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Discuss Shakespeare's presentation of Claudio and the intentions behind the main plot in Much Ado About Nothing

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GCSE English Coursework Let every eye negotiate for itself And trust no agent; for beauty is a witch Discuss Shakespeare's presentation of Claudio and the intentions behind the main plot in Much Ado About Nothing "Let every eye negotiate for itself And trust no agent; for beauty is a witch" Claudio, Act II, i, lines 134-5 In William Shakespeare's romantic comedy, Much Ado About Nothing, the character Claudio is a young duke from Florence, commended for his proficiency in battle with Don Pedro's army, and a man quick to choose his love; his first line in the play, which happens to be to Benedick, is about his new love. Whilst he falls for Leonato's daughter Hero, we see his poor qualities flourish - he is na�ve, even for his age, rash and gullible, but the nearest parallel to his friend, Benedick there is in the play. Compared, Claudio seems extremely similar, yet without Benedick's superior maturity or academic qualities. Claudio occasionally finds himself out of place, (for instance, in act I, scene I, he waits from line 71 to 118 to speak, as the most upper class members of society there meet and greet each other) as he might do with many high ranking and gifted men along side him, especially in the town of Messina where language is seemingly used as a force, or a weapon, and not just for simplistic communication. ...read more.


We see that he is in the role of the typical hero - the Shakespearian lover, the warrior commended for bravery in battle and a young, noble man, and so we assume that we can take him at face value. Upon close inspection however, we can see hints that Claudio is much darker than he shows on the outside - he is manipulative, scheming and dominative. Claudio also symbolises the neat, conventional male that takes up the bulk space in the phallocentric hierarchy of Messina. He makes sure he conforms to what everyone else does, even these actions may conflict with his own beliefs, principles or moral high points. For instance, he plays along with the joke played upon Benedick - "Oh aye, stalk on, stalk on, the fowl sits." (Line 83, II, iii), but is it to help lure Benedick into realising his love for Beatrice, or to simply re-iterate his position as a fun loving, joking guy. If his own experience in love (or lack of it) may give any clues, it would be that he is simply using the situation. History suggests that he will view love being set into motion so he can gain from the experience and use it himself, and to confirm his preferred image of the laid-back, prankster, but also giving yet more force to the concept that he's far more sinister than first looked upon. ...read more.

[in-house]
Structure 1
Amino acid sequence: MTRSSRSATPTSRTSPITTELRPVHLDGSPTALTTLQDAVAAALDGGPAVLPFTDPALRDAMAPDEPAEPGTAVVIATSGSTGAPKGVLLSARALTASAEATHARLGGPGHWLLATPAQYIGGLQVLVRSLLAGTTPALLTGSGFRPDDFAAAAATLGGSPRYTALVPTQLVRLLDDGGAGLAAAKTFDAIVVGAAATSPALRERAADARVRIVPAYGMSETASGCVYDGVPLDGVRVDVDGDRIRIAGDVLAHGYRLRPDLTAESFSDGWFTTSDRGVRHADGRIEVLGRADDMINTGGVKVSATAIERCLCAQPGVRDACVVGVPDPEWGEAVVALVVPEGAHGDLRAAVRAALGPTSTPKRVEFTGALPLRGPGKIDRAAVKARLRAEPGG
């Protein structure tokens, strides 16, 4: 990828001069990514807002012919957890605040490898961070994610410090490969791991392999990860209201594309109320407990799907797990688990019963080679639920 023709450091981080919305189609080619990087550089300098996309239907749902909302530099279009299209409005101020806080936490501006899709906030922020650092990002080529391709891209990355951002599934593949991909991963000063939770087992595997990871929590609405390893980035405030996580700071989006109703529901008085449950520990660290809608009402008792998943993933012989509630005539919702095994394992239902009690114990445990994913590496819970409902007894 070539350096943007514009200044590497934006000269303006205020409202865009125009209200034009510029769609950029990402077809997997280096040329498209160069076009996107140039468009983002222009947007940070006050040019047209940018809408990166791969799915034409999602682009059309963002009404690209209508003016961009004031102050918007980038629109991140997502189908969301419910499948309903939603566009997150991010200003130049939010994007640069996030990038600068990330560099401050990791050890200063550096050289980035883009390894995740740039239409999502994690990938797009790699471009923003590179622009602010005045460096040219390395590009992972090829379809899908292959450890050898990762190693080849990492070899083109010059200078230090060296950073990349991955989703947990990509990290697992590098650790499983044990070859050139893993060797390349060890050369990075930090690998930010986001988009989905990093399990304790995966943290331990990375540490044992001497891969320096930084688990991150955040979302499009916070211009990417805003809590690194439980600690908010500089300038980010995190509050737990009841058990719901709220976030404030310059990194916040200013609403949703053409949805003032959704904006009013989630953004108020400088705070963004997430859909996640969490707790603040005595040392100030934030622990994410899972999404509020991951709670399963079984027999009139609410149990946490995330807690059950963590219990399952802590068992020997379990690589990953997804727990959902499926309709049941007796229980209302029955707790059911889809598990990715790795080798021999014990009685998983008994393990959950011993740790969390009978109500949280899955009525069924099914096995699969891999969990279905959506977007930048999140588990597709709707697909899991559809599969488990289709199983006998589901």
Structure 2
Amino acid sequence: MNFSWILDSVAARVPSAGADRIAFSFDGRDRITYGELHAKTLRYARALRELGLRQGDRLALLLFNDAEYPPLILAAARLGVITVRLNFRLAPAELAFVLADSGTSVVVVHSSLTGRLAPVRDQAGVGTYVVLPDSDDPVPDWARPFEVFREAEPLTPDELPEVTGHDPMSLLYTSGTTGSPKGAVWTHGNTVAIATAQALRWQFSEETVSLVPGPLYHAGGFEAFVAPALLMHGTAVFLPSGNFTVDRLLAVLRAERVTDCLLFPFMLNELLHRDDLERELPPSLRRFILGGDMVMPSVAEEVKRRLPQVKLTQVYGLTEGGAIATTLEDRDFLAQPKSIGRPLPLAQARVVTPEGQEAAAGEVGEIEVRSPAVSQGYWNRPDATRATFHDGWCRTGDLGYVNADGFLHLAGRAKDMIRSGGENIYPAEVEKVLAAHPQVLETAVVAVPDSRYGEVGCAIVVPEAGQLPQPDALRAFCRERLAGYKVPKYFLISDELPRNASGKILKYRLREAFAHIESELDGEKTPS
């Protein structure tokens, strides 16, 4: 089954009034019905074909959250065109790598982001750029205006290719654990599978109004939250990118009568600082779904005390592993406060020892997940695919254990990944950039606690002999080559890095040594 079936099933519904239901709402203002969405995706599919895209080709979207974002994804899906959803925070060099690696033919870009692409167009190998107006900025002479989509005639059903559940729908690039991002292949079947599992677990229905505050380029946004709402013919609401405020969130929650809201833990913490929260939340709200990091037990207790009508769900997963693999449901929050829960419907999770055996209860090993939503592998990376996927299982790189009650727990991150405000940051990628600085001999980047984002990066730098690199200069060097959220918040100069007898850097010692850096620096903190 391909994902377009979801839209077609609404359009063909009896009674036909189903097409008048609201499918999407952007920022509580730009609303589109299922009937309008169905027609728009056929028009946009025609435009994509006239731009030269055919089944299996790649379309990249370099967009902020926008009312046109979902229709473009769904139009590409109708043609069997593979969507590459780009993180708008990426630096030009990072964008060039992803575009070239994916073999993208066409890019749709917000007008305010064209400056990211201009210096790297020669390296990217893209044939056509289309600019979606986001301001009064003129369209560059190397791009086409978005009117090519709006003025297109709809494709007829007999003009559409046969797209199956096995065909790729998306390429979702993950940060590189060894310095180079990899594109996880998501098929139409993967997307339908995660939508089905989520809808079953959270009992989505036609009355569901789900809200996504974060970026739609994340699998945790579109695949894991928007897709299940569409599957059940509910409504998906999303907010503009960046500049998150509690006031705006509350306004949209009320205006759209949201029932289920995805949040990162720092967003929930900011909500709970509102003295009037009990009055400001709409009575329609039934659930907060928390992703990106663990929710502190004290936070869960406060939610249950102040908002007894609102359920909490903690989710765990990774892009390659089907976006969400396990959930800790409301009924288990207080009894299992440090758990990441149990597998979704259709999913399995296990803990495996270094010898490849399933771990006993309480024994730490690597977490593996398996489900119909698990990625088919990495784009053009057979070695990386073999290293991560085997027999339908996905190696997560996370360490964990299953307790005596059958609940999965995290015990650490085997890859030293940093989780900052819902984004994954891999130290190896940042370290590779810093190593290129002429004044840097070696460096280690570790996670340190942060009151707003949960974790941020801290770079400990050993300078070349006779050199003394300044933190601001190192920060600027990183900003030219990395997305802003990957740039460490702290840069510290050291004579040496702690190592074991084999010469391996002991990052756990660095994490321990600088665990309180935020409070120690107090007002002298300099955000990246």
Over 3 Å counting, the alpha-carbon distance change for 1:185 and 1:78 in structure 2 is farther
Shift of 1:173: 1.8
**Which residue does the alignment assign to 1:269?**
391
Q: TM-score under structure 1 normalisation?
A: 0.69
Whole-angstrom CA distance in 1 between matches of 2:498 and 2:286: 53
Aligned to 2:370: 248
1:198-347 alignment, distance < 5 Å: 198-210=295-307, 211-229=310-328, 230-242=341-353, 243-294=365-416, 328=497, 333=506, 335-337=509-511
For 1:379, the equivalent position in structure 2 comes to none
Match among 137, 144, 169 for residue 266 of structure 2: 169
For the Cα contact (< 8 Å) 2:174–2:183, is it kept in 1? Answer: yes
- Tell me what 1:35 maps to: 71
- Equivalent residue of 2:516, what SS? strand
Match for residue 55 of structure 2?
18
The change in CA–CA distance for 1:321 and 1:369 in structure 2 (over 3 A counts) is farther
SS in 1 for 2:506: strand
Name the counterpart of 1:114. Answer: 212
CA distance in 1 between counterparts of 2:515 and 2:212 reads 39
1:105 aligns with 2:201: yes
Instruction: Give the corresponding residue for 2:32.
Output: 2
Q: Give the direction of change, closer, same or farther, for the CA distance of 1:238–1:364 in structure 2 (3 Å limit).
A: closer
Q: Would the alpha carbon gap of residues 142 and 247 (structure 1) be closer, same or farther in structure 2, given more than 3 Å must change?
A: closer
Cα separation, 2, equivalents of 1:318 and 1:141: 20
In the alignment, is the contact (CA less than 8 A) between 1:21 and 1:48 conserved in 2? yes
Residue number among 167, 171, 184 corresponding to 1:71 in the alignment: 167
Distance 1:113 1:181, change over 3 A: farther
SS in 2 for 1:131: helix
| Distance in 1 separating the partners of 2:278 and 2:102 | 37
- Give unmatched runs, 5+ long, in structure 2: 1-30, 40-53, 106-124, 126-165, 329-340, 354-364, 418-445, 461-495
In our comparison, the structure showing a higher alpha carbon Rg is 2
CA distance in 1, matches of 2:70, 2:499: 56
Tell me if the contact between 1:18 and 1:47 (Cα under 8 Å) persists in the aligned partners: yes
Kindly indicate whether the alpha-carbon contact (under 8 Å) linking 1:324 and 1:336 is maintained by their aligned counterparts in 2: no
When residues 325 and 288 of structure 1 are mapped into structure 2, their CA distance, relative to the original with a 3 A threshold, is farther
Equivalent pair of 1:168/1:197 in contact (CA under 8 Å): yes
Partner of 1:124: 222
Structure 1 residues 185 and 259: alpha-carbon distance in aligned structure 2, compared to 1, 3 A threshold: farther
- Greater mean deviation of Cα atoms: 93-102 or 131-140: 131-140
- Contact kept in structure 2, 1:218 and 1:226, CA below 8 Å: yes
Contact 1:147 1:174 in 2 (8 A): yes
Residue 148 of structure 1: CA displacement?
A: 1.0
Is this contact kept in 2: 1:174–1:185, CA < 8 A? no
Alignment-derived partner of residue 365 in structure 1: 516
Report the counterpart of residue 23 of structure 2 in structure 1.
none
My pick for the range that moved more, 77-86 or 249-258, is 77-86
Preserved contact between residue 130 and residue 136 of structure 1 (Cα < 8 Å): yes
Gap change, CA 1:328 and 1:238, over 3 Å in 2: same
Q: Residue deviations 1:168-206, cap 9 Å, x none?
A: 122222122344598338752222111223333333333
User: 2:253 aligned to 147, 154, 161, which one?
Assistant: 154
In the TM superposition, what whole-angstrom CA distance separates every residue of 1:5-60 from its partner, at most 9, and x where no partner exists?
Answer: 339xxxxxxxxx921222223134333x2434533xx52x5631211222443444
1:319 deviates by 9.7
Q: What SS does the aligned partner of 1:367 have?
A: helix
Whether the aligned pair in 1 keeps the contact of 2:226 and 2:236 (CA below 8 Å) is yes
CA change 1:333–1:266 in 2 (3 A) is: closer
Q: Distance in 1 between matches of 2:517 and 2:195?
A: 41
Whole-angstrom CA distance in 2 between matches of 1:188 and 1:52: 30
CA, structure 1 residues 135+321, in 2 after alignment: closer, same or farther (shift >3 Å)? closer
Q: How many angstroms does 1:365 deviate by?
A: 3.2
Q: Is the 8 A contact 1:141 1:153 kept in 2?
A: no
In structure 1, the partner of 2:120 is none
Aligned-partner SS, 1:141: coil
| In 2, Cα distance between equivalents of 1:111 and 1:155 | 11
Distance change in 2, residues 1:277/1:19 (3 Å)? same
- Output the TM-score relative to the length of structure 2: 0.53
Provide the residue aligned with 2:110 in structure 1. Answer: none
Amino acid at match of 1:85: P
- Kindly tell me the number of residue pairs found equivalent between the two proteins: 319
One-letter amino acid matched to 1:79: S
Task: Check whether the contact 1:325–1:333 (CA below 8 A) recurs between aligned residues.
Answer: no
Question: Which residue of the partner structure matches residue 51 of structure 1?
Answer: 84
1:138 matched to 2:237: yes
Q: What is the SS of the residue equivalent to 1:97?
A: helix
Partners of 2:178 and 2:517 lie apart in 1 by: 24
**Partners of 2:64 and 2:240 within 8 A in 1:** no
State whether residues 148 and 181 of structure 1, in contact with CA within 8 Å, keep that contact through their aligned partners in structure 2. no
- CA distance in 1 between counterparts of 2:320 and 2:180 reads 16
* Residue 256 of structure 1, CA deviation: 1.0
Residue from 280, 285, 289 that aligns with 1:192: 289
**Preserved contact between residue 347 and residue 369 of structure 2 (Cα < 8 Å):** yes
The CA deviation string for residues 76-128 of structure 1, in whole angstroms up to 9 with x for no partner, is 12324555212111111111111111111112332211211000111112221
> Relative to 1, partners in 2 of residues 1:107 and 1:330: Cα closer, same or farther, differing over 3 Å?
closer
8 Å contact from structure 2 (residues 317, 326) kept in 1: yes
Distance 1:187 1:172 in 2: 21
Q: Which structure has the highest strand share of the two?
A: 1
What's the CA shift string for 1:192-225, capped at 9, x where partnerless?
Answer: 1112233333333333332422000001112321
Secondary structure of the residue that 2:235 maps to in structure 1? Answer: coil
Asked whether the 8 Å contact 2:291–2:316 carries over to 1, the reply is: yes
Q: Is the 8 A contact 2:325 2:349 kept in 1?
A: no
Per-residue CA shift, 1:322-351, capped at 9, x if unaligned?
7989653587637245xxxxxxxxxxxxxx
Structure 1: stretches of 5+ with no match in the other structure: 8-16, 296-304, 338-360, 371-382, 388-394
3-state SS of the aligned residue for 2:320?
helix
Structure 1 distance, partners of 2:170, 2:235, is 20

Shakespeare's intentions for the play are not all on the surface. In Much Ado About Nothing, there are several hidden meanings. Firstly, the idea of a 'marriage de covenance'; one where social standing and economic stability were a great deal more important than actual emotions and romanticism. Claudio would greatly embrace this idea, as he would rather accept formal marriage than run the emotional risks of romantic wooing. He is inexperienced in love, and would play safe to get Hero than gaining a possibly better relationship, but having the chance to ruin his chances. Secondly, there are numerous hints pointing towards the play being a more detailed version of a common folk tale. In Shakespearian times, these were common, elaborate, hyperbolic, and had a mix of comic and tragic themes. They also generally had story lines to do with couples being separated by a rival, who would tell one partner that the other was being unfaithful whilst they were remaining faithful. Shakespeare didn't just have allusions to them in Much Ado About Nothing - The Merchant of Venice, A Midsummer Night's Dream, Othello and The Winter's Tale all insinuate that Shakespeare has suggested that they are all based upon this simple folk tale construction technique. ...read more.

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